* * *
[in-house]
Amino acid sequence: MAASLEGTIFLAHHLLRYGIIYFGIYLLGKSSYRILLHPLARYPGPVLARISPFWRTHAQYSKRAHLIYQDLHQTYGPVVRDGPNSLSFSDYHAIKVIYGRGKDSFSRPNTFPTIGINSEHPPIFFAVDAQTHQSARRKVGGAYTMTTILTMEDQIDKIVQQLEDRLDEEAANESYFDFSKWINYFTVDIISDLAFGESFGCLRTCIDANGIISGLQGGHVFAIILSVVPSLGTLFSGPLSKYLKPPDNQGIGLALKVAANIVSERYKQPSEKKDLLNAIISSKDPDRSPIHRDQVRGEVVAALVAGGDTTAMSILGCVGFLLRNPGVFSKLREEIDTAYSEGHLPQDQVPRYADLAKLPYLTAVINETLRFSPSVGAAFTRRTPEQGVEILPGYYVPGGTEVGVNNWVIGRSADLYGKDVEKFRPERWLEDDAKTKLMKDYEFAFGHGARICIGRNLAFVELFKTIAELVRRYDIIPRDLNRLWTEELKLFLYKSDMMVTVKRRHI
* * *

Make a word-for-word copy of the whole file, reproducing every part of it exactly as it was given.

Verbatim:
[in-house]
Amino acid sequence: MAASLEGTIFLAHHLLRYGIIYFGIYLLGKSSYRILLHPLARYPGPVLARISPFWRTHAQYSKRAHLIYQDLHQTYGPVVRDGPNSLSFSDYHAIKVIYGRGKDSFSRPNTFPTIGINSEHPPIFFAVDAQTHQSARRKVGGAYTMTTILTMEDQIDKIVQQLEDRLDEEAANESYFDFSKWINYFTVDIISDLAFGESFGCLRTCIDANGIISGLQGGHVFAIILSVVPSLGTLFSGPLSKYLKPPDNQGIGLALKVAANIVSERYKQPSEKKDLLNAIISSKDPDRSPIHRDQVRGEVVAALVAGGDTTAMSILGCVGFLLRNPGVFSKLREEIDTAYSEGHLPQDQVPRYADLAKLPYLTAVINETLRFSPSVGAAFTRRTPEQGVEILPGYYVPGGTEVGVNNWVIGRSADLYGKDVEKFRPERWLEDDAKTKLMKDYEFAFGHGARICIGRNLAFVELFKTIAELVRRYDIIPRDLNRLWTEELKLFLYKSDMMVTVKRRHI